"You don't want me to miss nothin' like that," he said as he unclasped her arms; "don't you be worried, I'll be back past here." And in a moment he was gone, leaving her cry of "Bud, Bud, come back," to smite the empty silence.

When Bud Mason reached the scene of action, the mob had already broken into the jail and taken out the trembling prisoners. The ropes were round their necks and they had been led to a tree.

"See ef they'll do anymore house-burnin'!" cried one as the ends of the ropes were thrown over the limbs of the tree.

"Reckon they'll like dancin' hemp a heap better," mocked a second.

"Justice an' pertection!" yelled a third.

"The mills of the gods grind swift enough in Barlow County," said the schoolmaster.

The scene, the crowd, the flaring lights and harsh voices intoxicated Mason, and he was soon the most enthusiastic man in the mob. At the word, his was one of the willing hands that seized the rope, and jerked the negroes off their feet into eternity. He joined the others with savage glee as they emptied their revolvers into the bodies. Then came the struggle for pieces of the rope as "keepsakes." The scramble was awful. Bud Mason had just laid hold of a piece and cut it off, when some one laid hold of the other end. It was not at the rope's end, and the other man also used his knife in getting a hold. Mason looked up to see who his antagonist was, and his face grew white with anger. It was Dock Heaters.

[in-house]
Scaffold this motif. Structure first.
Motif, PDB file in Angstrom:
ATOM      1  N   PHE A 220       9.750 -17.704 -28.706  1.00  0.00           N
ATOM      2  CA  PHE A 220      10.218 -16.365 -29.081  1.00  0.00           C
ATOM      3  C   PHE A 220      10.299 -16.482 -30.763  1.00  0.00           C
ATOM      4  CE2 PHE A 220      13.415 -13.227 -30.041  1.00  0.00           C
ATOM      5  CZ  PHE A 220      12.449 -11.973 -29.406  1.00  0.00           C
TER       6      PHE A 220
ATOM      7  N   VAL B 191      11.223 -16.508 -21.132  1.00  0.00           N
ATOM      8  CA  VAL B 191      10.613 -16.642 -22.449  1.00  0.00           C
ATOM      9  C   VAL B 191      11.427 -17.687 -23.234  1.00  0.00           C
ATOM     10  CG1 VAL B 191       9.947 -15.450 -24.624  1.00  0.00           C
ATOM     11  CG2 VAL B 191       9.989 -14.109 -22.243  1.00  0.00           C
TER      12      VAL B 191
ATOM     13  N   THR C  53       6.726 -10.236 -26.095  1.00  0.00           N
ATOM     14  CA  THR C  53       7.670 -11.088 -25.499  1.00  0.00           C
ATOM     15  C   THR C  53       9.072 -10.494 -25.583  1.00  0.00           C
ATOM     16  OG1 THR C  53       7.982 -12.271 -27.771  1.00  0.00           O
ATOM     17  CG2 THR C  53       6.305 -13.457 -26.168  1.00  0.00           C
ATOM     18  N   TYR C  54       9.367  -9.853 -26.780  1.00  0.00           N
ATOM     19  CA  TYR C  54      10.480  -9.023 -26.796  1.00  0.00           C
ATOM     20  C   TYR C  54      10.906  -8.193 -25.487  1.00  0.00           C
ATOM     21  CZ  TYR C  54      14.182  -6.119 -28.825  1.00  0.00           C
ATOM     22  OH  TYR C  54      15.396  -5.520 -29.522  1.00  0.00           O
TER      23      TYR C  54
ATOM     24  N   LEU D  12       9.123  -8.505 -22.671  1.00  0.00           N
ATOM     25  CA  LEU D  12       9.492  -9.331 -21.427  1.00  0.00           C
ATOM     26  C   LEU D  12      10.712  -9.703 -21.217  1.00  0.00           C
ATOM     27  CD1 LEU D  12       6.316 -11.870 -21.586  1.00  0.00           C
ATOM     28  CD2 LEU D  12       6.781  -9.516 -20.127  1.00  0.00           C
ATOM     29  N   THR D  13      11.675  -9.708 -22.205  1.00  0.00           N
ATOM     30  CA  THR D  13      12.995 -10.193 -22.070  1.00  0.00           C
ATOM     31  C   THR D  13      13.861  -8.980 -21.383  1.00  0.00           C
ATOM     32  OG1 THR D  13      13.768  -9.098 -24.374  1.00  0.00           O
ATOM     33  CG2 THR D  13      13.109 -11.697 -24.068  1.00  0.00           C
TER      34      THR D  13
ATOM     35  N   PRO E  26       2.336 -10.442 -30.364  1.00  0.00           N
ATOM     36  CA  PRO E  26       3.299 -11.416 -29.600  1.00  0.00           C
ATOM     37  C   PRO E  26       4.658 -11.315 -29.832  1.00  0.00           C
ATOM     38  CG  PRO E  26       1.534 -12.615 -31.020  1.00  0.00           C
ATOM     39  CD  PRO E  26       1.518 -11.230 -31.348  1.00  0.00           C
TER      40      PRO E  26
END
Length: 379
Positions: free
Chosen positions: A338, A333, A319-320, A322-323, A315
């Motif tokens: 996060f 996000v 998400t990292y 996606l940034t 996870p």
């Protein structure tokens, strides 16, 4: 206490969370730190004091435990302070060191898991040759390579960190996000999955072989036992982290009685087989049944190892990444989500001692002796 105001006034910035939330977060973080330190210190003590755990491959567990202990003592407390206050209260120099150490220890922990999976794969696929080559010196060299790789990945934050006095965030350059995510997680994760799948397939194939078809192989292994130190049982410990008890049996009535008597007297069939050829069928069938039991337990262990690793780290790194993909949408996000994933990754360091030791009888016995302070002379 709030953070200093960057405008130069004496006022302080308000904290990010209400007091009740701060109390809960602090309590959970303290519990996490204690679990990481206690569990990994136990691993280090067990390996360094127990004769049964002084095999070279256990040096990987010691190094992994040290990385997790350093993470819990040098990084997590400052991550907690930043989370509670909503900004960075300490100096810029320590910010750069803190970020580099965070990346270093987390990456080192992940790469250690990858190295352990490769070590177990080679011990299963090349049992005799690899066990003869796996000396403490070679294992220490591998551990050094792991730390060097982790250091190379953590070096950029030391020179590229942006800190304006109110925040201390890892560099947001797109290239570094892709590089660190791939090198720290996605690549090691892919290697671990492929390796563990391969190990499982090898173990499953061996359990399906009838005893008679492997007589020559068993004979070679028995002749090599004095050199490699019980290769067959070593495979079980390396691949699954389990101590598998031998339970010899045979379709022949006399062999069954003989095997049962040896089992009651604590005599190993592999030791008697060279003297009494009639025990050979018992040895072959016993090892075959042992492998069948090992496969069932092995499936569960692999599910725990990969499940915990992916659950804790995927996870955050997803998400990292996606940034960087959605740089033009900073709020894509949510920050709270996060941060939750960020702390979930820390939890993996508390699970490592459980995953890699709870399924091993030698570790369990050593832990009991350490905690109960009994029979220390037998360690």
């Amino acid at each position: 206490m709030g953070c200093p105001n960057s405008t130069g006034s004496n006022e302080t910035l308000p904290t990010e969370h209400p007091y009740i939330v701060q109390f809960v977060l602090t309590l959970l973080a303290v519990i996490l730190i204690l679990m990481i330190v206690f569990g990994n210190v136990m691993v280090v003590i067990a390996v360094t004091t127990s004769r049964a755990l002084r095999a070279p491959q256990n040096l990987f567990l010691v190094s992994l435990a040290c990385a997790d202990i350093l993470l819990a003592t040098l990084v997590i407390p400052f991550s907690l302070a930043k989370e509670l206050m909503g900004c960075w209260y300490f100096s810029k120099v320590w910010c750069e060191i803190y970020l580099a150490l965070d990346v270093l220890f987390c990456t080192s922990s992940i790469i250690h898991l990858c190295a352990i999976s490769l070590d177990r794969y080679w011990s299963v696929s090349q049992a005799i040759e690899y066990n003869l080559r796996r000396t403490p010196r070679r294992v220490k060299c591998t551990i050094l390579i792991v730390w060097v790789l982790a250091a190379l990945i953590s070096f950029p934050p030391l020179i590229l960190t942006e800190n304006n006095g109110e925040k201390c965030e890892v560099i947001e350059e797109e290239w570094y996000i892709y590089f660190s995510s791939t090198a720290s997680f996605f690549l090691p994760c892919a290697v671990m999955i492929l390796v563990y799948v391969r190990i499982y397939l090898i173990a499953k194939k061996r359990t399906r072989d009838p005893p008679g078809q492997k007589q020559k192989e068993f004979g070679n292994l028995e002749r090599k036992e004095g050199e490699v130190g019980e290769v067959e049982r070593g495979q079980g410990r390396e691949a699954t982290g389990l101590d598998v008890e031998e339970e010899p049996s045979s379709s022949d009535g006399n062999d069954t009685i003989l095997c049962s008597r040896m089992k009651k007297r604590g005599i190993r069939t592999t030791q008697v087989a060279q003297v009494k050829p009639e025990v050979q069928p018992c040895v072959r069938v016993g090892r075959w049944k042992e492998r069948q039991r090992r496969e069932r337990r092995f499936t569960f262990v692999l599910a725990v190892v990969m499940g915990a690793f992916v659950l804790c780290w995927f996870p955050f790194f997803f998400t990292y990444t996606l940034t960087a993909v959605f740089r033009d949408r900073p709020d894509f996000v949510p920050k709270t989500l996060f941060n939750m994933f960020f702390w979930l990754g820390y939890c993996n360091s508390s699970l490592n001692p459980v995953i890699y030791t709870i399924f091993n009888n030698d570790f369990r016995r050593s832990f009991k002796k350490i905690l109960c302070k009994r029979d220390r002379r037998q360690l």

"Let go this rope," he cried.

"Let go yoreself, I cut it first, an' I'm a goin' to have it."

They tugged and wrestled and panted, but they were evenly matched and neither gained the advantage.

"Let go, I say," screamed Heaters, wild with rage.

"I'll die first, you dirty dog!"

The words were hardly out of his mouth before a knife flashed in the light of the lanterns, and with a sharp cry, Bud Mason fell to the ground. Heaters turned to fly, but strong hands seized and disarmed him.

"He's killed him! Murder, murder!" arose the cry, as the crowd with terror-stricken faces gathered about the murderer and his victim.

"Lynch him!" suggested some one whose thirst for blood was not yet appeased.

"No," cried an imperious voice, "who knows what may have put him up to it? Give a white man a chance for his life."

The crowd parted to let in the town marshal and the sheriff who took charge of the prisoner, and led him to the little rickety jail, whence he escaped later that night; while others improvised a litter, and bore the dead man to his home.

The news had preceded them up the street, and reached Jane's ears. As they passed her home, she gazed at them with a stony, vacant stare, muttering all the while as she rocked herself to and fro, "I knowed it, I knowed it!"

The press was full of the double lynching and the murder. Conservative editors wrote leaders about it in which they deplored the rashness of the hanging but warned the negroes that the only way to stop lynching was to quit the crimes of which they so often stood accused. But only in one little obscure sheet did an editor think to say, "There was Salem and its witchcraft; there is the south and its lynching. When the blind frenzy of a people condemn a man as soon as he is accused, his enemies need not look far for a pretext!"